14 October 2005
Governor opposes nuke plan
Associated Press
Wyoming Billings Gazette


Gov. Dave Freudenthal is opposing plans to make plutonium-238 at the Idaho National Laboratory near Idaho Falls, Idaho, about 100 miles west of Jackson Hole and Grand Teton and Yellowstone national parks.

The U.S. Department of Energy wants to produce 11 pounds of plutonium-238 a year over 35 years for "space batteries" that could power satellites and space probes.

Such batteries are useful when spacecraft travel too far from the sun to use solar energy effectively. But plutonium-238 is so toxic that ingesting even a speck could be deadly.

Freudenthal said Thursday that the potential risks outweighed the benefits. "My concerns revolve around the fact that the DOE wants to use old equipment in a potentially dangerous place to produce an extremely toxic substance," he said in a prepared statement.

Freudenthal was also concerned that the federal government had no specific plans for storing radioactive waste produced in the process.

He said that after reviewing a draft environmental study of the $300 million proposal, he agreed with Wyoming residents who have written him with concerns.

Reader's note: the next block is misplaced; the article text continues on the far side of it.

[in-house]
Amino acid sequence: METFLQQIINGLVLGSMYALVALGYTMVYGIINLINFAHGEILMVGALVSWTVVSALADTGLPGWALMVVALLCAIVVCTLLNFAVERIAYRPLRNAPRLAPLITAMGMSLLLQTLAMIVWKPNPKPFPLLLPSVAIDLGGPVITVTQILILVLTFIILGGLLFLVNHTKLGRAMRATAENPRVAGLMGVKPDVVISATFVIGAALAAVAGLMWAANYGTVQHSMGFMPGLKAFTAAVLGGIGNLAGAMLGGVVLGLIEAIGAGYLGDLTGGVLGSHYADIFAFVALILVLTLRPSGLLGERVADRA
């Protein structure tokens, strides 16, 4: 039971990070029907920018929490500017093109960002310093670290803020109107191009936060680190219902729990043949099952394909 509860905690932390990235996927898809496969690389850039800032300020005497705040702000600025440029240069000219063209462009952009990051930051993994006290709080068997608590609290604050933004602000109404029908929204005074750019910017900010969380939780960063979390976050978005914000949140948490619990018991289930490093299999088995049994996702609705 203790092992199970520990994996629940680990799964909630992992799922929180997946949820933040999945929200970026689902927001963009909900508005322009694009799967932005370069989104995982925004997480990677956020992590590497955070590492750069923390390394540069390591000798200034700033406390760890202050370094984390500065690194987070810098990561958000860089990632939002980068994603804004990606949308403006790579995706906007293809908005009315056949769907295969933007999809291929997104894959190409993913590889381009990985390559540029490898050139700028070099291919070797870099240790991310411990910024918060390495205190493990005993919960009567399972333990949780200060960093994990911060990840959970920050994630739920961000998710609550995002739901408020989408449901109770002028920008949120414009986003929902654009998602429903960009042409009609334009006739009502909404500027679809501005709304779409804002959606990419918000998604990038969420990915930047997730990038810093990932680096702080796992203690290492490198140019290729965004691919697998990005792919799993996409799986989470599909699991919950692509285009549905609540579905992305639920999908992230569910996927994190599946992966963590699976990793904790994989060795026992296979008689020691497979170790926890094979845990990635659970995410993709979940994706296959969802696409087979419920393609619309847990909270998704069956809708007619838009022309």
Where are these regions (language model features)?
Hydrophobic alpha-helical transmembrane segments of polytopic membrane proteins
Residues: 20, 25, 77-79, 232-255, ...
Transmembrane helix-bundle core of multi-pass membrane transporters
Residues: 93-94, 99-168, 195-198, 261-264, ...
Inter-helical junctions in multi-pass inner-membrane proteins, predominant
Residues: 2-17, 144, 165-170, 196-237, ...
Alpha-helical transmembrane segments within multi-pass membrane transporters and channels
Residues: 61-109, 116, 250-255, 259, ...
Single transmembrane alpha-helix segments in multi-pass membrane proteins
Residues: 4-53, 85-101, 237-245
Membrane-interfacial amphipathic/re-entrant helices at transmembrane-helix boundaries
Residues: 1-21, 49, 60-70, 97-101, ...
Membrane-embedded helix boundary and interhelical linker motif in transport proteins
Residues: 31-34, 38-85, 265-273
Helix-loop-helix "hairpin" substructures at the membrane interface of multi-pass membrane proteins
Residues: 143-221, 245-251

Brad Bugger, a spokesman for the Department of Energy, said that because plans are still being developed, Freudenthal's concerns were premature. "Because the plutonium that would be produced in this project would be used for national security purposes, we believe it would be eligible for disposal outside the state of Idaho," he said.

He also said the reactor that will be used is safe. "We update the internals of the reactor every eight to 10 years. The internals are the areas that are exposed to the most radiation," he said.

And while Freudenthal was concerned that the reactor is near a seismically active area, Bugger said the risk of a major earthquake at the lab is slight.

It's not the first time the 890-square-mile laboratory complex has worried Wyoming residents. In 2000, Jackson attorney Gerry Spence led a successful $1 billion lawsuit to close a nuclear waste incinerator at the facility.

Tom Patricelli, president of Keep Yellowstone Nuclear Free, said his organization was prepared to go to court again if its concerns aren't met. He said the reactor will be 50 years old when it is used for the project and doesn't have a concrete containment dome like commercial reactors.

"I'm confident that they will see the serious dangers associated with this project and will work to see that this project that could so seriously threaten the citizens and natural treasures of Wyoming will be stopped," he said.

Some Idaho residents have also opposed the proposal. Idaho officials have said they will support the project but want plans for independent monitoring and for disposal of the waste elsewhere.


Global Network